Friday, November 2, 2012

Mao’s cult may have no place in China’s future

My article Mao’s cult may have no place in China’s future appeared today in the DNA.

‘Mao will lead China forever’ was the title of a very famous poster during the Great Proletarian Cultural Revolution led by the Great Helmsman who, in Problems of War and Strategy, affirmed: “Some people have ridiculed us as the advocates of omnipotence of war. Yes, we are: we are the advocates of the omnipotence of the revolutionary war, which is not bad at all, but good and is Marxist.”
This was one of the many ‘thoughts’ of ‘Chairman Mao’.
One can ask, will this continue to lead China forever?
"To include Mao or not to include Mao? That is the tough question China's rulers are facing as the nation prepares for the once-a-decade leadership transition", writes Cary Huang in The South China Morning Post.
One can understand that Xi Jinping, the expected new leader of China does not really believe in Mao’s cult.
Xi was nine years-old when he saw his father, Xi Zhongxun, then PRC’s Vice-Premier unfairly purged by Mao.
This happened in September 1962 as Mao was preparing to go to war with India. What a traumatic experience it must have been for young Xi!
Xi Zhongxun only reappeared in 1978, when Deng Xiaoping gave him the task to start economic reforms in China's coastal areas.
Let us return to 1958.
It is today fashionable to speak of crimes against humanity. One of the greatest, known as the 'Great Leap Forward', began in China in February 1958 and resulted in the largest man-made starvation in human history. By initiating his Leap Forward, Mao Zedong's objective was to surpass Great Britain in industrial production within 15 years; every Chinese had to start producing steel at home, with a backyard furnace. In agriculture, Mao thought that very large communes would cater for a many-fold increase in the cereal production to make China into a heaven of abundance. Introduced and managed with frantic fanaticism, it did not take much time before the program collapsed.
In 1959, one man raised his voice against the general madness and sycophancy. This was Peng Denhai, Defence Minister and old companion of Mao during the Long March. Marshal Peng, who was a simple, honest and straightforward soldier wrote a long personal letter to Mao on what he had seen in the countryside and the misery of the people. Mao immediately 'purged' Old Peng for daring to criticize him. The Great Leap Forward was to continue for 3 years and it is today estimated that between 40-50 million died of hunger in China during those three years.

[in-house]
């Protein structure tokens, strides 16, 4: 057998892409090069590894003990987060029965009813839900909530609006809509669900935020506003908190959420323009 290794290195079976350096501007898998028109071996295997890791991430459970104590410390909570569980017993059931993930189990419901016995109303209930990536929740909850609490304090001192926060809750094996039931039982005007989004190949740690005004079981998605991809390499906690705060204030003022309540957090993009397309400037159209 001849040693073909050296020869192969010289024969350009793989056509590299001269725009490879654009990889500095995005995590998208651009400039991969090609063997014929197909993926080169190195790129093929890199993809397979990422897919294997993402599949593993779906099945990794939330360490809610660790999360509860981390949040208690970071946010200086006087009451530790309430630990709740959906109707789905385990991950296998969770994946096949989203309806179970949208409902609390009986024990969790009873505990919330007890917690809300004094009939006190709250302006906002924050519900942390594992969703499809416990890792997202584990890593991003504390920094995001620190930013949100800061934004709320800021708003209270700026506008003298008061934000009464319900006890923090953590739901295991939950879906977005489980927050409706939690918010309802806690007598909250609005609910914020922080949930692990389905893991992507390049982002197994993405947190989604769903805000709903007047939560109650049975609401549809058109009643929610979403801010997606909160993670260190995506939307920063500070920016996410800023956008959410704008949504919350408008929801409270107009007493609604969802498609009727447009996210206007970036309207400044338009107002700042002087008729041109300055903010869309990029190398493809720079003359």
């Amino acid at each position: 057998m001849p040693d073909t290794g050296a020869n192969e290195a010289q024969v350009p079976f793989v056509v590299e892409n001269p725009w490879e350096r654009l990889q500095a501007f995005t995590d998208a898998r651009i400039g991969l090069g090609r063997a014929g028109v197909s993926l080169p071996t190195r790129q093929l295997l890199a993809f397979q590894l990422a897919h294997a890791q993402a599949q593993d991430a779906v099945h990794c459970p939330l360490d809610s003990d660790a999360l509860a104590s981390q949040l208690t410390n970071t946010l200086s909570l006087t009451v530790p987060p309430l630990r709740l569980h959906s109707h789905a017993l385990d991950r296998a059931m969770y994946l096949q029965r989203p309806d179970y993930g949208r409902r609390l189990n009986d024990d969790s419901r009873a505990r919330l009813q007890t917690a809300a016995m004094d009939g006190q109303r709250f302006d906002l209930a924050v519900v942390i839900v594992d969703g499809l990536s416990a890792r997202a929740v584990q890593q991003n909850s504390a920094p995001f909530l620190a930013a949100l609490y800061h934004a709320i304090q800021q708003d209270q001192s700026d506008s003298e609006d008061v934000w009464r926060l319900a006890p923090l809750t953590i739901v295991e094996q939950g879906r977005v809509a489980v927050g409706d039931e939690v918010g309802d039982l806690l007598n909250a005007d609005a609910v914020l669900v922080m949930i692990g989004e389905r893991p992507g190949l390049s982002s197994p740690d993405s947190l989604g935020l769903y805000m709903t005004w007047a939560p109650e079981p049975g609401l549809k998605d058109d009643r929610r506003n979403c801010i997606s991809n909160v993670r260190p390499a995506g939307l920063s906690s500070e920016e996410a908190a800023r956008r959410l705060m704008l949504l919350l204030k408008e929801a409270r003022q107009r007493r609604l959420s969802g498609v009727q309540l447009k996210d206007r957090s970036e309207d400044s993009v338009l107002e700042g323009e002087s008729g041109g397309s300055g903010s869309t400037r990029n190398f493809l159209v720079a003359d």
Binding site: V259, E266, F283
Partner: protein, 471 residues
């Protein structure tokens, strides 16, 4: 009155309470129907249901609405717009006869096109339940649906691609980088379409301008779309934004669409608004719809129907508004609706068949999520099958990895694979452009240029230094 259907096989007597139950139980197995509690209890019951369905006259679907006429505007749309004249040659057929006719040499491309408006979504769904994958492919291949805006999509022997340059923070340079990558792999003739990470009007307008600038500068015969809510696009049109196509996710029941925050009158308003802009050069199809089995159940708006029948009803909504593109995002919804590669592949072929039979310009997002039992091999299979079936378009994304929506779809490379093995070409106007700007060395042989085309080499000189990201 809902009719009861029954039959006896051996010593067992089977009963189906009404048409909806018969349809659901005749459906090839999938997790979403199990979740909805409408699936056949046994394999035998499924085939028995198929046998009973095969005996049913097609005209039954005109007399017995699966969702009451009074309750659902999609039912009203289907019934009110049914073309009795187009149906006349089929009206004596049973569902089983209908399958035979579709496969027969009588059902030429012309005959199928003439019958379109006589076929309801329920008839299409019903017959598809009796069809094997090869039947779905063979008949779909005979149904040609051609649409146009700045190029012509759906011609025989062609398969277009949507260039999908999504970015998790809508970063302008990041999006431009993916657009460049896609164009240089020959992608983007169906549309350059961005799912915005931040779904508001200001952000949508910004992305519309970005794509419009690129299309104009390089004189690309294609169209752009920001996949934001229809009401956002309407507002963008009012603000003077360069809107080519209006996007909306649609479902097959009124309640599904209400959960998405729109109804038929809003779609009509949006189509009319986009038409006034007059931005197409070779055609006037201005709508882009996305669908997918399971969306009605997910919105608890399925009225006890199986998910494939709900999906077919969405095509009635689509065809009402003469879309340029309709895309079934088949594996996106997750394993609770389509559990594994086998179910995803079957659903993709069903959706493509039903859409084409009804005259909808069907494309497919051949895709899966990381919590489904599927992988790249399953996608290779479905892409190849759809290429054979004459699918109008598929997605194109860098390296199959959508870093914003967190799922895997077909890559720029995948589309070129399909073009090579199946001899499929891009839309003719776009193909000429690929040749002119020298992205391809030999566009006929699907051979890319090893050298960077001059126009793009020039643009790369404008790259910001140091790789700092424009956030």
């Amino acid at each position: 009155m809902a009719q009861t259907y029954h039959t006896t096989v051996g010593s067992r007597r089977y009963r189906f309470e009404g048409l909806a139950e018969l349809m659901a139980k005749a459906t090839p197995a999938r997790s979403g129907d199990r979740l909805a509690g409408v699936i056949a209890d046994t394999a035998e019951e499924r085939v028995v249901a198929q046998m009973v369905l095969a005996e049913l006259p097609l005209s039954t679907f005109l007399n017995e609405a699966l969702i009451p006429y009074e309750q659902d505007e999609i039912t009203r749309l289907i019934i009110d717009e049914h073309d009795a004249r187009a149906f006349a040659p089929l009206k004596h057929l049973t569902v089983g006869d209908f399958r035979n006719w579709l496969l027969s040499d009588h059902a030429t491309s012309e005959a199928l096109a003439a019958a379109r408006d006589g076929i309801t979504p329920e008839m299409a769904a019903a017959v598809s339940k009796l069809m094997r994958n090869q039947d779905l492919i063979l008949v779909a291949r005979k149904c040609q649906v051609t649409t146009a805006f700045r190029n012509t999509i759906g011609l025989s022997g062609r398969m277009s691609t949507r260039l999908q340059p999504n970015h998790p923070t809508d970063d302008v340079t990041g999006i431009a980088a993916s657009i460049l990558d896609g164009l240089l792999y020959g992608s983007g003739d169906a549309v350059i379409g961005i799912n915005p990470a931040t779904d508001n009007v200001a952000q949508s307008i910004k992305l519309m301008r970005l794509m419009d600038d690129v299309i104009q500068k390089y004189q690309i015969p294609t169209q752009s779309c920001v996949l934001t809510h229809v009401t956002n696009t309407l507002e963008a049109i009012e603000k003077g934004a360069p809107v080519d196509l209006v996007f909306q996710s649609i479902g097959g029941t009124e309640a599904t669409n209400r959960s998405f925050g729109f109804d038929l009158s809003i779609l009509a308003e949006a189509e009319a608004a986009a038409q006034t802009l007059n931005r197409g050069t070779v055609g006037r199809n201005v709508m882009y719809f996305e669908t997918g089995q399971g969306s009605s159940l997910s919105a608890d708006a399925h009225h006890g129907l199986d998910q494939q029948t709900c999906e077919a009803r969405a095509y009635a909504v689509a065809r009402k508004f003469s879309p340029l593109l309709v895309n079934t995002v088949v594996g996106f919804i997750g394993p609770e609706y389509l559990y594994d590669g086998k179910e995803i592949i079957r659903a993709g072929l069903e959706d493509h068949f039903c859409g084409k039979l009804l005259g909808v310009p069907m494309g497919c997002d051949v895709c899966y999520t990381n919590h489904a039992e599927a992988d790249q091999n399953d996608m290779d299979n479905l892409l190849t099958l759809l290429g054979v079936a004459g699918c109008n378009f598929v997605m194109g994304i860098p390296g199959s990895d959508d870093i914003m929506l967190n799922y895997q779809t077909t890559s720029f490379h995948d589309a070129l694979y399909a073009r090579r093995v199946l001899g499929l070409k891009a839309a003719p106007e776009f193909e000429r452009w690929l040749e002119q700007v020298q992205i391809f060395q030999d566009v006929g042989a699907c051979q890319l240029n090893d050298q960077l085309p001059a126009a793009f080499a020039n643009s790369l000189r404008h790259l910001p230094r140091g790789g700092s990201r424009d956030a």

As tension kept increasing on the Indian border in the early 1960’s, did Nehru realize that China was a starving nation?
Moreover, the ‘great’ Indian Intelligence Chief, B.N. Mullik was blissfully unaware that by the end of 1961 Mao was practically out of power?
Dr. Zhisui Li, his personal physician recounts that the Chairman was: “…depressed over the agricultural crisis… Mao was in temporary eclipse, spending most his time in bed”.
In January 1962, Mao's position remained grim, Dr. Li noted: “In January, when he convened another expanded Central Committee work conference to discuss the continuing disaster, his support within the party was at its lowest.”
It is only by the Fall of 1962 that Mao would return with a bang. The conflict with India was closely linked with his comeback.
Mao decided to first ‘fix’ Marshal Peng; for the purpose, he used the Machiavellian Kang Sheng, later responsible for the security and intelligence during the Cultural Revolution, to do the dirty job.
The pretext was the Gao Gang affair. Gao, a senior Communist leader and at one point in time, Mao’s heir-apparent had been the victim of the first major purge within the CCP in 1953-54. Mao believed that Marshal Peng had been involved in the Gao Gang episode in the 1950’s.
The easiest way to get Peng out was to attack one of his closest collaborators, Xi Zhongxun, who had served as his Political Commissar, when the First Field Army entered Eastern Tibet in 1949.
Kang Sheng suggested a flimsy pretext (Xi Zhongxun would have edited a novel mentioning a character similar to Gao Gang). In The Origins of the Cultural Revolution, the US scholar Roderick MacFarquhar wrote: “At the 10th-Plenum [September 1962], Kang Sheng was thus free to lead the attack on Xi, and thereafter to lead the second special case review commission in its investigation of the supposed 'anti-party group' led by Xi.”
Thus for no fault of his, Xi Zhongxun, Xi Jinping’s father, was ‘sent in the wilderness’.
During the last few days, China’s watchers have been analyzing the omission of Mao Zedong's name in a Xinhua communique about the CCP's 18th Congress, which is to begin on November 8.
The statement issued by the 24-member Politburo made references to President Hu Jintao , his predecessor Jiang Zemin , and Deng Xiaoping, the architect of the ‘reform and opening up policy’, but no trace of Mao.
The future will tell us if the Constitution is amended and Mao’s name is forever dropped, but one can understand that Xi Jinping, the next leader of China, has some doubts about the greatness of Mao’s Thoughts.

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